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Phoenix Bankruptcy Law Blog

Passage of American Health Care Act brings more medical debt

Last month, the House of Representatives passed the American Health Care Act, which if it becomes law, would repreal and replace the Affordable Care Act, or "Obamacare," as it is commonly called.

This week, the Congressional Budget Office released its report, indicating that under the proposed AHCA, by next year, 14 million Americans would lack health insurance. That number is projected to climb to 51 million by 2026 for those younger than 65.

What is the means test, and will I pass it?

Consumers who are considering filing for Chapter 7 bankruptcy protection usually must pass a means test first to qualify.

Initially, debtors must average their income for the half-year prior to the filing of the petition for bankruptcy relief. They qualify as long as their earnings were not more than Arizona's median family income. In some cases, trustees can intervene even when debtors pass the means test if they discover that the debtors have money left after expenses to pay back their creditors. Those bankruptcies may then convert to Chapter 13 bankruptcy restructuring.

Are debt collectors making your life miserable?

When the phone rings, do you dread who may be on the other end? Are you tired of dodging debt collectors at home -- and even more embarrassing -- on the job?

If so, you may take some small measure of comfort in realizing that you are not alone. Millions of American consumers struggle with unpaid debts from student loans, medical bills and out-of-control credit card spending.

Can a Chapter 13 bankruptcy be converted to a Chapter 7?

Consumers in the midst of Chapter 13 bankruptcies sometimes find that the payments are too onerous to keep up with. They may wonder about the possibilities of converting their bankruptcy filing from a Chapter 13 to a Chapter 7 and still retain possession of the family home.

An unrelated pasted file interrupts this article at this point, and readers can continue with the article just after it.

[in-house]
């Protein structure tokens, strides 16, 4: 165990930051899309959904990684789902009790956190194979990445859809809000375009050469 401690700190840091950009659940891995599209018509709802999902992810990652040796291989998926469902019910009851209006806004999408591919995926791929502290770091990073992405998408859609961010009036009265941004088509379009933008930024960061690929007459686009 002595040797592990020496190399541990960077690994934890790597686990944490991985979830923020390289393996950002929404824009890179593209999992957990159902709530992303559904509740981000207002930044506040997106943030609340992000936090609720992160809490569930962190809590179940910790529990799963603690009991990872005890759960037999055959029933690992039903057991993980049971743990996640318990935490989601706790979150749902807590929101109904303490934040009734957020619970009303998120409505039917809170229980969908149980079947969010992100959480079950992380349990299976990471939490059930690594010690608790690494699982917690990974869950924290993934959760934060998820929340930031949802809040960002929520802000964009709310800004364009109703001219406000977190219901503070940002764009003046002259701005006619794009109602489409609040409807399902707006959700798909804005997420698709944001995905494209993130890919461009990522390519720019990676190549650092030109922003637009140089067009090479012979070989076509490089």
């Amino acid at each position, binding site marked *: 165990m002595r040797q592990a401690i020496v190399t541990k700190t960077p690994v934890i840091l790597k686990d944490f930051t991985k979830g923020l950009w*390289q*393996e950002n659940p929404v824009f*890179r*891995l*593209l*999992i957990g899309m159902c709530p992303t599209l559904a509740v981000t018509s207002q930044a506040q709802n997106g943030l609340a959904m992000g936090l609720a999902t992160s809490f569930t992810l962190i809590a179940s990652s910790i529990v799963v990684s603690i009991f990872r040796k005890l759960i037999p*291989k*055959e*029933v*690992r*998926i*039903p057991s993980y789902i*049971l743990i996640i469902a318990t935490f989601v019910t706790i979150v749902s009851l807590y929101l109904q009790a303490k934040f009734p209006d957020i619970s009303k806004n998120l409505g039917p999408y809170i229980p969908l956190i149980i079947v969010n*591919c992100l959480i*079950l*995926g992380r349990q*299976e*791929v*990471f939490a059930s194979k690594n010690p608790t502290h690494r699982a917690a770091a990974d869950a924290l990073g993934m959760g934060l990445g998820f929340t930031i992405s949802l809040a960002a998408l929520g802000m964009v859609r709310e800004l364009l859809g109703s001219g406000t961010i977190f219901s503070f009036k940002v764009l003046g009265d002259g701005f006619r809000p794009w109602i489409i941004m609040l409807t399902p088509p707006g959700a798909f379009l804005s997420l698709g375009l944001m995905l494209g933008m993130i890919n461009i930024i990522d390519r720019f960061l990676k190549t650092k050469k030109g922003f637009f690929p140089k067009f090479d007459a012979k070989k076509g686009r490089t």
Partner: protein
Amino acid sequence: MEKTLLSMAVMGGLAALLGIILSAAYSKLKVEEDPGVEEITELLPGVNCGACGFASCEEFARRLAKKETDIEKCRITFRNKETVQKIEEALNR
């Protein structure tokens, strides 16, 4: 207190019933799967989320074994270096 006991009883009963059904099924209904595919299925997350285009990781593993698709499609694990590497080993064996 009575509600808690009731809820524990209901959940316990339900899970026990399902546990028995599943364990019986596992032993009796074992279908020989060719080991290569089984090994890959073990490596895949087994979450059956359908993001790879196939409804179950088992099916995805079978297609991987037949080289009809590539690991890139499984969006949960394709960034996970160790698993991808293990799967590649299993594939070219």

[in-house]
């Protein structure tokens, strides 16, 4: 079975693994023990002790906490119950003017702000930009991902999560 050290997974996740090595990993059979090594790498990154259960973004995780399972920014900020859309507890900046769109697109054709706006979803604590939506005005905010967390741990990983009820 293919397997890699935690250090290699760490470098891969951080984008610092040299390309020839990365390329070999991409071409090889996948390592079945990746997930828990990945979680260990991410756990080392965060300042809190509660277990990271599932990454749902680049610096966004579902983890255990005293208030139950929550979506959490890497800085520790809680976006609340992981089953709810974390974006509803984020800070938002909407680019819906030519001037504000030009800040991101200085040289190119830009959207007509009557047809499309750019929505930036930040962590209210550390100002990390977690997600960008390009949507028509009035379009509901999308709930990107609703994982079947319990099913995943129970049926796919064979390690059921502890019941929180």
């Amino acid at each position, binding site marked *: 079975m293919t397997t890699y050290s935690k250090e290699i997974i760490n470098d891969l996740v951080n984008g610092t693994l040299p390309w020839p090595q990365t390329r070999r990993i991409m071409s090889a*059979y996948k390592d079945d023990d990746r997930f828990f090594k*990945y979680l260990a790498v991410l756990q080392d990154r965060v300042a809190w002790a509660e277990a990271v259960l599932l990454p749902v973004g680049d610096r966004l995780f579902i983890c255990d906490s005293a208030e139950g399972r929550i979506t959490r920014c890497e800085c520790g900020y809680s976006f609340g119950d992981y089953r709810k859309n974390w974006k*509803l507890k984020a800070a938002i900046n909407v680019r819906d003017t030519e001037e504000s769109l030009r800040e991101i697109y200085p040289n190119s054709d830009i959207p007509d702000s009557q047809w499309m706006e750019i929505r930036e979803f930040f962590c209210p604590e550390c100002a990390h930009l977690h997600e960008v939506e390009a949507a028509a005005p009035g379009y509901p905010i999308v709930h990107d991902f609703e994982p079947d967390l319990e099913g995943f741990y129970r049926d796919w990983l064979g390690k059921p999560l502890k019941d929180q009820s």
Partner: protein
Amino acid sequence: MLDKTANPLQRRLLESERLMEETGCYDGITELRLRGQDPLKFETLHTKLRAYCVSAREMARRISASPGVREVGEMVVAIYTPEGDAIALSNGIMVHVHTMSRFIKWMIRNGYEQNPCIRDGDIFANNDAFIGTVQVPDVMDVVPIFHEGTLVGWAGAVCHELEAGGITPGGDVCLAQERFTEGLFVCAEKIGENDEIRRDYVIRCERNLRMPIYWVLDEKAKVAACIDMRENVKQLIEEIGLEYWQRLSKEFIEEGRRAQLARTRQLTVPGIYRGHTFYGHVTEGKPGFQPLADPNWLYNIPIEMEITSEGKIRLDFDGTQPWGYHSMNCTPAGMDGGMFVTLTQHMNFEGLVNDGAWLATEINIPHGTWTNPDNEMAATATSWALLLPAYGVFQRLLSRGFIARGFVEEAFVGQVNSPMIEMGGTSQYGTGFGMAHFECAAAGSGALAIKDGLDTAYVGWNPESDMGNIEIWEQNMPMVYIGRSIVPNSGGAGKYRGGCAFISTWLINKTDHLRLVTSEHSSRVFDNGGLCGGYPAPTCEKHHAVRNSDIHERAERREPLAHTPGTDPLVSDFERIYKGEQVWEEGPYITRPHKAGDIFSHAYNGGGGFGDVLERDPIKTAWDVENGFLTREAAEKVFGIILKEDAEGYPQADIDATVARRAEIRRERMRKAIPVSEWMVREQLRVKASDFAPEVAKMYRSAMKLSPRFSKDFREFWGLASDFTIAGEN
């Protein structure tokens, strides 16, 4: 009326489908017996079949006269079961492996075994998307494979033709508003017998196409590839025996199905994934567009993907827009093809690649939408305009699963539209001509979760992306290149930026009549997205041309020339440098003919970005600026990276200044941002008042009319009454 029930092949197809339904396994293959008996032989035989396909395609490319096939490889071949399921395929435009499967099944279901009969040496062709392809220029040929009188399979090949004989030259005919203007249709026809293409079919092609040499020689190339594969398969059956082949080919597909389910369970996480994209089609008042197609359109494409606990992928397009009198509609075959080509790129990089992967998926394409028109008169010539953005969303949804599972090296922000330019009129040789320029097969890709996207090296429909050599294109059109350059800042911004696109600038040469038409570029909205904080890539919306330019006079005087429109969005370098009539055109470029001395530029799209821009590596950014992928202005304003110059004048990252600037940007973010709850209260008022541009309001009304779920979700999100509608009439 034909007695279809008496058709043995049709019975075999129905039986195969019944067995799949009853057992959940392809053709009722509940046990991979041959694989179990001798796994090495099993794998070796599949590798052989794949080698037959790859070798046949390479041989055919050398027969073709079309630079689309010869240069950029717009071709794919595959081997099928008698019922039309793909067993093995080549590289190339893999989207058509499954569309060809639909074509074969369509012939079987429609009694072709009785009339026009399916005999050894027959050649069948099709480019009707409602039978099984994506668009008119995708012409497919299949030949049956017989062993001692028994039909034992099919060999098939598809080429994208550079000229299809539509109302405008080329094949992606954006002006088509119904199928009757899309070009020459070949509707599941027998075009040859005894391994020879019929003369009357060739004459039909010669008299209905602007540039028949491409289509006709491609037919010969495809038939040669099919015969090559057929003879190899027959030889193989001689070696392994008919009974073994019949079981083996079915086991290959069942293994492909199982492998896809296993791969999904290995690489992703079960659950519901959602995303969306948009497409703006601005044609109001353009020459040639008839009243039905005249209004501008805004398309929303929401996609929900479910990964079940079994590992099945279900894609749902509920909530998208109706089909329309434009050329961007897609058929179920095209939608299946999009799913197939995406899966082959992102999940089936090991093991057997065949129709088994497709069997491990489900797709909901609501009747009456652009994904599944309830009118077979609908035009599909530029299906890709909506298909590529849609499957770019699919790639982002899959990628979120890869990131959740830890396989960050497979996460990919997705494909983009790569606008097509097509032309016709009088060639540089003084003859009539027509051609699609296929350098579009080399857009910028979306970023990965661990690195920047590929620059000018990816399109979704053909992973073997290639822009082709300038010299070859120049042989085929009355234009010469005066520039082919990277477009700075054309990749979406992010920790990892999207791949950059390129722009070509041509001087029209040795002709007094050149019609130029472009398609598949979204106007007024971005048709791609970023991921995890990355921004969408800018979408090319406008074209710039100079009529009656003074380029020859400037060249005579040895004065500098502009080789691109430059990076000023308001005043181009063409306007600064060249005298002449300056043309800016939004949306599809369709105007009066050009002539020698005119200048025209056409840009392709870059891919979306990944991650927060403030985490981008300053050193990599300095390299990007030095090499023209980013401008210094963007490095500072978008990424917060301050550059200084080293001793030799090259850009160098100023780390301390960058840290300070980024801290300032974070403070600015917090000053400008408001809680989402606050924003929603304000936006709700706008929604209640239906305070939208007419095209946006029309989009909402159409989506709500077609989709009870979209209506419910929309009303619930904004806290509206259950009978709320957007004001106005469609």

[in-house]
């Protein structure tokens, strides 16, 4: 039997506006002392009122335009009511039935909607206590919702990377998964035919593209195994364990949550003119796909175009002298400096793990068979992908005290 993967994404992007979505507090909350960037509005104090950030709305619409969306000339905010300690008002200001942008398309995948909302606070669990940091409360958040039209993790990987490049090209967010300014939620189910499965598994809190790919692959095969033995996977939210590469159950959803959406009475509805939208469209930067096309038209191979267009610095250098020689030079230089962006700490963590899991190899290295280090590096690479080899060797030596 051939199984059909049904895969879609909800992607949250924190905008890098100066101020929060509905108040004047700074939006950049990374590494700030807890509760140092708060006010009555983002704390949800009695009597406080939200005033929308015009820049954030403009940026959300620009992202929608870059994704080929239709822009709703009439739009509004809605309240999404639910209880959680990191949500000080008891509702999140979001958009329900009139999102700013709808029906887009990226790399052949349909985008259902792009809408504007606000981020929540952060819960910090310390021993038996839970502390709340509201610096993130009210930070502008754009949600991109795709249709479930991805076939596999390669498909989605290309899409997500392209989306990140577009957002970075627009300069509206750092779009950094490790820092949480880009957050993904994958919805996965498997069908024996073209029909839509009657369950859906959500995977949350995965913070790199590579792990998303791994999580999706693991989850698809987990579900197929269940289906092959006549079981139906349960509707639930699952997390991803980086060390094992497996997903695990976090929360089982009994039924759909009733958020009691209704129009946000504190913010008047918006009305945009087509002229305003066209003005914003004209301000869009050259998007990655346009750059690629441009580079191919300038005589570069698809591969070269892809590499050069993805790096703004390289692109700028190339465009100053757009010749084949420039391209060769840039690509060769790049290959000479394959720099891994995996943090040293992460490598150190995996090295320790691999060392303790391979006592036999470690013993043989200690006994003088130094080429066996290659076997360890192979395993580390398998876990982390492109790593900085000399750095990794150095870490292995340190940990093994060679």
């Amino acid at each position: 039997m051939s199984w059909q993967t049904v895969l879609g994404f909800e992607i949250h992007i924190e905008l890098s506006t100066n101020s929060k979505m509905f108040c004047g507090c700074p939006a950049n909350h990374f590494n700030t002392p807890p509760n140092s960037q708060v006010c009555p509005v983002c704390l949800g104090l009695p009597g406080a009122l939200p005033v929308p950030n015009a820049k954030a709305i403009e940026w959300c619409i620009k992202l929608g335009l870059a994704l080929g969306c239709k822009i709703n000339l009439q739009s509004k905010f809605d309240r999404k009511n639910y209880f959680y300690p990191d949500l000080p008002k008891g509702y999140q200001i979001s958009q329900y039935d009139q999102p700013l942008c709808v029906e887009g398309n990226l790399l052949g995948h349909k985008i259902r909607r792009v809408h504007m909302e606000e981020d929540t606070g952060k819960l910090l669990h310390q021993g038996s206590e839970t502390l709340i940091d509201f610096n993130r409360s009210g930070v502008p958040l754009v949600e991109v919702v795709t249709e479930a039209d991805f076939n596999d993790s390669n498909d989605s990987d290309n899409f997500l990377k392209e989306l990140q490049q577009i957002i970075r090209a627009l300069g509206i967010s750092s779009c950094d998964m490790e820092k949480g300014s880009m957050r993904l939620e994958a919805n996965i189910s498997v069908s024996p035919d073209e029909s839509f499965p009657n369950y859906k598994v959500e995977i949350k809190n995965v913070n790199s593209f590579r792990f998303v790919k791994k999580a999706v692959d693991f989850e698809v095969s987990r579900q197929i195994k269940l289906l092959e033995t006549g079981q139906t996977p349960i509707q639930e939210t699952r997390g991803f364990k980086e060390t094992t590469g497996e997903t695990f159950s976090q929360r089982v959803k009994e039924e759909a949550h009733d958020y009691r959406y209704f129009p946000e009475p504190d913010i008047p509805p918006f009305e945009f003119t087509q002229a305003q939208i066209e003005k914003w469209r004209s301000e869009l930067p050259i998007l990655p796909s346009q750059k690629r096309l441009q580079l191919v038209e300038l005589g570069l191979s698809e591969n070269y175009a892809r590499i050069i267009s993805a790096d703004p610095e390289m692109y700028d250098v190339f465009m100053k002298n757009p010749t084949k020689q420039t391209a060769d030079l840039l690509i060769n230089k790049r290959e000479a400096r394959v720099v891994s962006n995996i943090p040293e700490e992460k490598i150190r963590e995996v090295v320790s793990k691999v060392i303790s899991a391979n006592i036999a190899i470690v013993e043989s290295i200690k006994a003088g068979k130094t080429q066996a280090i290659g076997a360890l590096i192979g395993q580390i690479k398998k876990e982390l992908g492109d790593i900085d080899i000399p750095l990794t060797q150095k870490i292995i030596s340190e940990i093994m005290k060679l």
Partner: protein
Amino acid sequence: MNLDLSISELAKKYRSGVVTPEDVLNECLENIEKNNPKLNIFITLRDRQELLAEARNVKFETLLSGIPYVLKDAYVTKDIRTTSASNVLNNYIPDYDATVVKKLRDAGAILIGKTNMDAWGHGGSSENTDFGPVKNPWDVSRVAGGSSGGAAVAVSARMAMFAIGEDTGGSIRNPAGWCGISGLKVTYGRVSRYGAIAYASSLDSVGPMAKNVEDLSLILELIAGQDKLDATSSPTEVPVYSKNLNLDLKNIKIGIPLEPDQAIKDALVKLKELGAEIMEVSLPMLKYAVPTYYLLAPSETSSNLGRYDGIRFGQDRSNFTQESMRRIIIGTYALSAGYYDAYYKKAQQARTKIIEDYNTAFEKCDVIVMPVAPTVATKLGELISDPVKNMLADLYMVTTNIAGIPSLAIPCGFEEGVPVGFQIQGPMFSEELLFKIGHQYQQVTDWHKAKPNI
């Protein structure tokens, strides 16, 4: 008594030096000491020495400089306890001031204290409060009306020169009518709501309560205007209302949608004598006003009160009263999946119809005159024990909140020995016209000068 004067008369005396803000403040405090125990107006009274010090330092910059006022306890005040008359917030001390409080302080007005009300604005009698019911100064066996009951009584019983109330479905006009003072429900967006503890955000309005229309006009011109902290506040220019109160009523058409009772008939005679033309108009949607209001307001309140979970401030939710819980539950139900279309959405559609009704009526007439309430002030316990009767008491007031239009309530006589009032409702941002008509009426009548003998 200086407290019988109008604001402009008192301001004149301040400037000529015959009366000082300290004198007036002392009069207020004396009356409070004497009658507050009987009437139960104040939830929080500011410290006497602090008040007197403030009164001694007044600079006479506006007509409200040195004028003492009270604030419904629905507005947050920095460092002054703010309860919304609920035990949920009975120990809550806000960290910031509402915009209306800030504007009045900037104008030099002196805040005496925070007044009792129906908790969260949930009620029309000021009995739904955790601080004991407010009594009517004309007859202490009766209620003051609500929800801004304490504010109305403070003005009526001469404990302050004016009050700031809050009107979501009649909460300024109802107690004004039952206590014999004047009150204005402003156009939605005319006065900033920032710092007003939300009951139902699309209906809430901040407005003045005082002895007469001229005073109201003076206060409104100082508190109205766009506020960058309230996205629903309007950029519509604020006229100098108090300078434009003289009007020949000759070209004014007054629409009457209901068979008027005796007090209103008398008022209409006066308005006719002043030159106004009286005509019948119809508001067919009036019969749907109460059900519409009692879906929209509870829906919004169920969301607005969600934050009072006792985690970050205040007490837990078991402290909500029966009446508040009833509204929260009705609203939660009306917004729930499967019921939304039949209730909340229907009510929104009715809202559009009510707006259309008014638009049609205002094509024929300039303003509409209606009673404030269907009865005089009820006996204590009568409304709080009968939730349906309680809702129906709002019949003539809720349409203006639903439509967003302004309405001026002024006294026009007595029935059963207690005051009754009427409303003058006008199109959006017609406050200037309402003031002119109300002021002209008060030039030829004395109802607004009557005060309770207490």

While there are exceptions to everything, in general this is either not possible or a very risky venture. Below are the reasons why.

What would the American Health Care Act do to medical debt?

People who don't have health insurance can quickly build up so much medical debt that it will make your head spin. It might even make your heart skip a beat if you try to imagine how long it will take to pay down those bills. Fortunately for many Americans, the Affordable Care Act has provided a source of health insurance that's helped them sidestep the need to fall into serious medical debt in order to get the medical treatment they need to get healthy.

However, on March 24, federal lawmakers introduced a bill to repeal and replace the ACA. That bill was called the American Health Care Act, and although this repeal and replace measure was later pulled, it did cause some people to wonder if they would lose the health insurance on which they've come to rely.

What are some common myths about credit?